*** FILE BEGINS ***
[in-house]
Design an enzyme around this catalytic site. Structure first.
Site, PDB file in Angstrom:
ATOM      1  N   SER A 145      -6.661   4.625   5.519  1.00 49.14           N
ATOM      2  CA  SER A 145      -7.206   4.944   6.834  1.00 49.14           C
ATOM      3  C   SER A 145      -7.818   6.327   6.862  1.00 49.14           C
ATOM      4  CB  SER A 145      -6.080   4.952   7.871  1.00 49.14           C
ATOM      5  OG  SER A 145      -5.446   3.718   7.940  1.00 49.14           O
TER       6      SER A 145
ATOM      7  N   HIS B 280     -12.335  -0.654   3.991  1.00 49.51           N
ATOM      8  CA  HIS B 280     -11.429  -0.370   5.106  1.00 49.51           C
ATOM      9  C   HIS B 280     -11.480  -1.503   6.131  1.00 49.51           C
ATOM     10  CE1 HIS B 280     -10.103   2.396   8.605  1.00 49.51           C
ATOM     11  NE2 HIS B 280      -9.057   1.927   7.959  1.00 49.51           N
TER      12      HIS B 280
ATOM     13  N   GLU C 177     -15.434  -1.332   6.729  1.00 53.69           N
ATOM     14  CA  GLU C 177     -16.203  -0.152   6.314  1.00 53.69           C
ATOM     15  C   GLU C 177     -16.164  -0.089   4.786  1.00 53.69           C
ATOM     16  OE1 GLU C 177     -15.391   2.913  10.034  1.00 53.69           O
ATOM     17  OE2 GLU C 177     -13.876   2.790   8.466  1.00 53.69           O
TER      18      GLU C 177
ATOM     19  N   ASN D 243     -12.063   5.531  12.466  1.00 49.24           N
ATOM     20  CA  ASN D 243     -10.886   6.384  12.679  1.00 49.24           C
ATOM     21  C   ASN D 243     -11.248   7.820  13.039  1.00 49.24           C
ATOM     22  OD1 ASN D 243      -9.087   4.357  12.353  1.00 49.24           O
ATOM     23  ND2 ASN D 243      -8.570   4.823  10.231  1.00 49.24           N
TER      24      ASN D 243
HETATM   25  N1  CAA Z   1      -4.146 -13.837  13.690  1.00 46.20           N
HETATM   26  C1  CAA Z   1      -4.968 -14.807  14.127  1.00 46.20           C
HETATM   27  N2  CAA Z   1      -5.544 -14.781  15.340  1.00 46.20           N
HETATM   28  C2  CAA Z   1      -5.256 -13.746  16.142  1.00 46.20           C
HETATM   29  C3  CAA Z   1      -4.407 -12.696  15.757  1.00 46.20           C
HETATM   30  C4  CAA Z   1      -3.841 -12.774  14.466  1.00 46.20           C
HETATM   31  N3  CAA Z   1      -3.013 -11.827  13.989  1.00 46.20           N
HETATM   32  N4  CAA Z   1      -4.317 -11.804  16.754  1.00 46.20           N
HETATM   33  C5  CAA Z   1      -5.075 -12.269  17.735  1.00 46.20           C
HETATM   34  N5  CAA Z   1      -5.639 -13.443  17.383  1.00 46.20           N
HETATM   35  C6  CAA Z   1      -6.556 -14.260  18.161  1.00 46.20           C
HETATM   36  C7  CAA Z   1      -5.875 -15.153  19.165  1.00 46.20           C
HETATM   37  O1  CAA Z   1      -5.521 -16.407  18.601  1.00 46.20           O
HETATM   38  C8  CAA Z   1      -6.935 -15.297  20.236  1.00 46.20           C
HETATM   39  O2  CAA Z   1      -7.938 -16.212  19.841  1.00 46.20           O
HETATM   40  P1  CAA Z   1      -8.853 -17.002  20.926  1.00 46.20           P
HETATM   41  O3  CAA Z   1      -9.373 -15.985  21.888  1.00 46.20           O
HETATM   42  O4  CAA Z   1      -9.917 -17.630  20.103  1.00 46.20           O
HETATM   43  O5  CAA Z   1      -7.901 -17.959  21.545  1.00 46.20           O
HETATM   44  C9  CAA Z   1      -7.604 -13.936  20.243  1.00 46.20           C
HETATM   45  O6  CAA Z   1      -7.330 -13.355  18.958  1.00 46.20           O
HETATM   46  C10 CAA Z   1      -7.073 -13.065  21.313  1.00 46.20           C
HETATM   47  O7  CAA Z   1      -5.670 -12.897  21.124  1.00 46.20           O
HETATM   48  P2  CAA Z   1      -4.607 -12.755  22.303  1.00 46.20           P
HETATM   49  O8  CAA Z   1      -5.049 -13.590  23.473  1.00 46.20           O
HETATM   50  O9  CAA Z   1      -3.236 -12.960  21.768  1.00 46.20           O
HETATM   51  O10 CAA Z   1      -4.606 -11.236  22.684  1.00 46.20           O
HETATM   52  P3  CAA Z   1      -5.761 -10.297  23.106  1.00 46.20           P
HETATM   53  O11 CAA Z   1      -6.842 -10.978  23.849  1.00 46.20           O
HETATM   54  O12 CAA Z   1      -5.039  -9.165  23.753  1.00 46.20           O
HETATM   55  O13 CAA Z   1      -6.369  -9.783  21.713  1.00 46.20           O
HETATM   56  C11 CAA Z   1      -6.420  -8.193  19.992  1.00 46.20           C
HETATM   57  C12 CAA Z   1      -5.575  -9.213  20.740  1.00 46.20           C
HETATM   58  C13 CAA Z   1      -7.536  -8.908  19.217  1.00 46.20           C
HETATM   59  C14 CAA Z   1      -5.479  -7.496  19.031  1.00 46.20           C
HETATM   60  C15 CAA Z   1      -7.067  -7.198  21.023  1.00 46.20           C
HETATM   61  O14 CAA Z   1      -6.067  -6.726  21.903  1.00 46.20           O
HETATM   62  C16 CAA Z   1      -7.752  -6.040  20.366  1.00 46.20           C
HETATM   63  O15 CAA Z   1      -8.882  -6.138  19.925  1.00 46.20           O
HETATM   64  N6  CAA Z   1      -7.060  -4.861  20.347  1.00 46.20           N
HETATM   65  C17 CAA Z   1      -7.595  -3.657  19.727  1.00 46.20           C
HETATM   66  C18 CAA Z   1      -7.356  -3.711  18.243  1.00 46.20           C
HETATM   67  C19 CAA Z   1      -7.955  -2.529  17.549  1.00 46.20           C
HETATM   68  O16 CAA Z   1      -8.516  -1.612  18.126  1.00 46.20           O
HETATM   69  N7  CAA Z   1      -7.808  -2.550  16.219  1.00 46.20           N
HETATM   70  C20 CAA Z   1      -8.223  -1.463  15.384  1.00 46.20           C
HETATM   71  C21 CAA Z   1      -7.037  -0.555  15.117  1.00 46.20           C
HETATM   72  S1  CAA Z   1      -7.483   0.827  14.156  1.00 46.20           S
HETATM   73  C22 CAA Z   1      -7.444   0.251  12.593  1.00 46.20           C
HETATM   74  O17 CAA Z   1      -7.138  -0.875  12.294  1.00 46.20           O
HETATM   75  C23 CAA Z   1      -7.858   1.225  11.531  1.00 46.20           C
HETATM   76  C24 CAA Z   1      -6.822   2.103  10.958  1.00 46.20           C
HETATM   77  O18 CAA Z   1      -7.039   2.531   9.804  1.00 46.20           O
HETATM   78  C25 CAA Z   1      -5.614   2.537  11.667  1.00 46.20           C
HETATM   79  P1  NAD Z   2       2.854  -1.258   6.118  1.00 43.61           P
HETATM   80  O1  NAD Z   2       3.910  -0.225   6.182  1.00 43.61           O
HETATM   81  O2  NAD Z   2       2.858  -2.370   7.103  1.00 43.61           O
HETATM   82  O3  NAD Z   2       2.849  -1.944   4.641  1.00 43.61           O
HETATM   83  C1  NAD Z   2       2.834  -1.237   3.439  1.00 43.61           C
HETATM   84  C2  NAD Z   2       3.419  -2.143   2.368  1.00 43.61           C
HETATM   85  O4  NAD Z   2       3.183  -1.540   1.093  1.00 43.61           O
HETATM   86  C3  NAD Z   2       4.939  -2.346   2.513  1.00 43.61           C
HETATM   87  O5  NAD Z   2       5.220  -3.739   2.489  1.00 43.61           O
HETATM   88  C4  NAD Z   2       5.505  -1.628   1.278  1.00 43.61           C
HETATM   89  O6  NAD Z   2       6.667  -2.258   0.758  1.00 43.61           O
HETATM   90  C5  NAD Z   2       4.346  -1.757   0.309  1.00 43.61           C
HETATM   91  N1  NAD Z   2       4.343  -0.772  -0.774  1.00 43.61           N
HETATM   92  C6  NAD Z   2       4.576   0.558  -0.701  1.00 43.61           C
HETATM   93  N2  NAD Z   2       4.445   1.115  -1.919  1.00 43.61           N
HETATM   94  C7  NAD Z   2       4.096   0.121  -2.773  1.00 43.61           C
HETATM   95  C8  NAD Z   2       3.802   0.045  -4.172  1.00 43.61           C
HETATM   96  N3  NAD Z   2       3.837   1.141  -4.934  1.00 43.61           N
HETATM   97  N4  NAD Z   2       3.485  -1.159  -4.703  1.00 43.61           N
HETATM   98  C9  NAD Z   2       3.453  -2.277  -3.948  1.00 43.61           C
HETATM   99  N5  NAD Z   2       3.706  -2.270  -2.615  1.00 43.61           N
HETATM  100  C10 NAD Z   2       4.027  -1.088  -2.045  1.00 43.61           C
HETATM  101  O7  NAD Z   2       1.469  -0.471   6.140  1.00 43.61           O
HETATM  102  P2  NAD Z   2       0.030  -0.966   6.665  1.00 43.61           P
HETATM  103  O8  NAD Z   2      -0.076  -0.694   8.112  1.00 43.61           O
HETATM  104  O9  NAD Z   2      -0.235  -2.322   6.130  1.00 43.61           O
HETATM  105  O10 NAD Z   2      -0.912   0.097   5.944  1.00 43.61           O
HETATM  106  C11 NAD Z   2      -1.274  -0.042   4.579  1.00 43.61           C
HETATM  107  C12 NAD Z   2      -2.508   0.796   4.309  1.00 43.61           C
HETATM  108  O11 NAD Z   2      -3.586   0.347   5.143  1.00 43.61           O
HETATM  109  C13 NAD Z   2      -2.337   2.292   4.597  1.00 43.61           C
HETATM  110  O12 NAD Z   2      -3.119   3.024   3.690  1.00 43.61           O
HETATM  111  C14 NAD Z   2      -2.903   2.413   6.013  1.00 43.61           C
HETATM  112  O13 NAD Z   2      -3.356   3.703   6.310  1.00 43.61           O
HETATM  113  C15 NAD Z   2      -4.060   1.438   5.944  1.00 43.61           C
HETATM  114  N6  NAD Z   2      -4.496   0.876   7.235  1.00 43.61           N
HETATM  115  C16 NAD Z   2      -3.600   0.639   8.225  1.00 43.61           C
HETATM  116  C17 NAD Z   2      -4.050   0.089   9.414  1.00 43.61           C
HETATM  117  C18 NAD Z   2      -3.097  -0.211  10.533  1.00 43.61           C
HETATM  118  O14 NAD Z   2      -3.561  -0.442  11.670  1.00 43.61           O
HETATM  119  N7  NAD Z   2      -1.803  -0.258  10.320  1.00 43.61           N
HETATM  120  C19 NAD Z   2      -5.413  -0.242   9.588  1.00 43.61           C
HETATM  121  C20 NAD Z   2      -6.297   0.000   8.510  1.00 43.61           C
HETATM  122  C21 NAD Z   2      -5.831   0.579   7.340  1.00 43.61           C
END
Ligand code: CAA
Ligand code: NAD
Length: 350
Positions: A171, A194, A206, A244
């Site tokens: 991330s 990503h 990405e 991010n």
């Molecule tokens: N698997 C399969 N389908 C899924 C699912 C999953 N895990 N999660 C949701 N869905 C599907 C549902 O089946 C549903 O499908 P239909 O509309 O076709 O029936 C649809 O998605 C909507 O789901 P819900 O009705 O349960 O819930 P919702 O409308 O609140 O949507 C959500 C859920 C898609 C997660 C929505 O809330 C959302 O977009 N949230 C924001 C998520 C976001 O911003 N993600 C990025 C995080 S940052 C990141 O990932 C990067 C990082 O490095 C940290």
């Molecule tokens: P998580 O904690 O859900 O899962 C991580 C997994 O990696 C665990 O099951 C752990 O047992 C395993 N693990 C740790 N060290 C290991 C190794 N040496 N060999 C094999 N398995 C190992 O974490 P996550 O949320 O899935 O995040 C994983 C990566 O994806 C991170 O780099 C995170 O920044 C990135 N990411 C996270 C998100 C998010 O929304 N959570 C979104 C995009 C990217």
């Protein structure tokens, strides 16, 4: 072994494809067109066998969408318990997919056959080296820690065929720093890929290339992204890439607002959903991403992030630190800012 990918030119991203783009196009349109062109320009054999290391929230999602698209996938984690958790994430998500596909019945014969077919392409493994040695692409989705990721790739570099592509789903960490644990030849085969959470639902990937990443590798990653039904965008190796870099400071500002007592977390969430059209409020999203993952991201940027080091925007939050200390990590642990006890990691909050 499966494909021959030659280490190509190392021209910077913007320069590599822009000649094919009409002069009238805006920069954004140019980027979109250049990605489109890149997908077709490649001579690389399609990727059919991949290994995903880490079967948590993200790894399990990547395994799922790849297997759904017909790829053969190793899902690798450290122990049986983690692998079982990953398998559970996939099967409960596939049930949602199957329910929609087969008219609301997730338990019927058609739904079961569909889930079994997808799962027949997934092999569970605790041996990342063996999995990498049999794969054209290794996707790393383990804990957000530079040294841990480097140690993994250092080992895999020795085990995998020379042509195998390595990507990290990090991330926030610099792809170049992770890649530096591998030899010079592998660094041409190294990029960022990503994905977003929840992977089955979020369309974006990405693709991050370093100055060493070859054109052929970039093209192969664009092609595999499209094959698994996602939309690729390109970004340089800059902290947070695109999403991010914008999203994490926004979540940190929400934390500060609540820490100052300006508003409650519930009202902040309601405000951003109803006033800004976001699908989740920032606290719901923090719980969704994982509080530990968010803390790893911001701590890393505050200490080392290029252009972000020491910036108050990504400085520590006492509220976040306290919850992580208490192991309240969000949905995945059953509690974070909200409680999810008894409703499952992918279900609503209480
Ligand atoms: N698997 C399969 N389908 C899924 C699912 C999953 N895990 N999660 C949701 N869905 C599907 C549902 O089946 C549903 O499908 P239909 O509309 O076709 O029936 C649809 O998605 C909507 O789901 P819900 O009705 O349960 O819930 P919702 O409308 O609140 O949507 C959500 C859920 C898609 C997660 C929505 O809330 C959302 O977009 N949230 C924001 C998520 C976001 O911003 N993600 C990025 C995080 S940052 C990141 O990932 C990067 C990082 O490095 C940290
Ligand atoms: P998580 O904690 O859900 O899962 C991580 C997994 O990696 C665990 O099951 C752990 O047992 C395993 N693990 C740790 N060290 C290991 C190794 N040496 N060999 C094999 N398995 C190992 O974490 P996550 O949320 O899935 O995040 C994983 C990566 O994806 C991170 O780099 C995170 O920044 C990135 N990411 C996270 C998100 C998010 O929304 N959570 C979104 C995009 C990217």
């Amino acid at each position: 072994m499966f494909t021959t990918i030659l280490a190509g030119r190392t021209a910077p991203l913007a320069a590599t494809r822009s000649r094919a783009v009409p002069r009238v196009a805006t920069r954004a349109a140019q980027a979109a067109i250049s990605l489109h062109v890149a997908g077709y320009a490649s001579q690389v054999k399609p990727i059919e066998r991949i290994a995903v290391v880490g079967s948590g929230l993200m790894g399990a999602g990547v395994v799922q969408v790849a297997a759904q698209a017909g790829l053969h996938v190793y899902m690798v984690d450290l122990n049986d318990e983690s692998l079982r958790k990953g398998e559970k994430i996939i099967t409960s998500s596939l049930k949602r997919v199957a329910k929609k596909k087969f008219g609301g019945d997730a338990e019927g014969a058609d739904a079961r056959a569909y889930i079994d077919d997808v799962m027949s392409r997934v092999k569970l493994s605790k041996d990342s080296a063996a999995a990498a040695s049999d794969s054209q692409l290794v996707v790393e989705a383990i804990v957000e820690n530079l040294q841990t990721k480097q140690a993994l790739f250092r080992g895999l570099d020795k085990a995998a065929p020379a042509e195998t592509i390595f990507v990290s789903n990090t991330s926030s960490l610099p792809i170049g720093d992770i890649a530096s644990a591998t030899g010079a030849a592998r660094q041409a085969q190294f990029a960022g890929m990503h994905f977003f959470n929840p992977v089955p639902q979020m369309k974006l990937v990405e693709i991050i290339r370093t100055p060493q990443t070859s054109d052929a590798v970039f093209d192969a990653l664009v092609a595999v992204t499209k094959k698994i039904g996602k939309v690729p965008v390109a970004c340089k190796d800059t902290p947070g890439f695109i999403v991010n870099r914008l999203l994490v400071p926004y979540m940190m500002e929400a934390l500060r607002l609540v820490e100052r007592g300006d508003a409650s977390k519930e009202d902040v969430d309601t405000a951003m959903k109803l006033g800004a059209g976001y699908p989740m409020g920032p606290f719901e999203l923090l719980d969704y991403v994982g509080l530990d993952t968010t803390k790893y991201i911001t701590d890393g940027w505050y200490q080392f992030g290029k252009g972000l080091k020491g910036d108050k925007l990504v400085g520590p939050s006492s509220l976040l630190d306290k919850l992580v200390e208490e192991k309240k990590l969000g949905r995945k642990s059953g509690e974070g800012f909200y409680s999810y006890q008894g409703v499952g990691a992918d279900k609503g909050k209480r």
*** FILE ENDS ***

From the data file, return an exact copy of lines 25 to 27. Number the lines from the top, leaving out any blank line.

ATOM     22  OD1 ASN D 243      -9.087   4.357  12.353  1.00 49.24           O
ATOM     23  ND2 ASN D 243      -8.570   4.823  10.231  1.00 49.24           N
TER      24      ASN D 243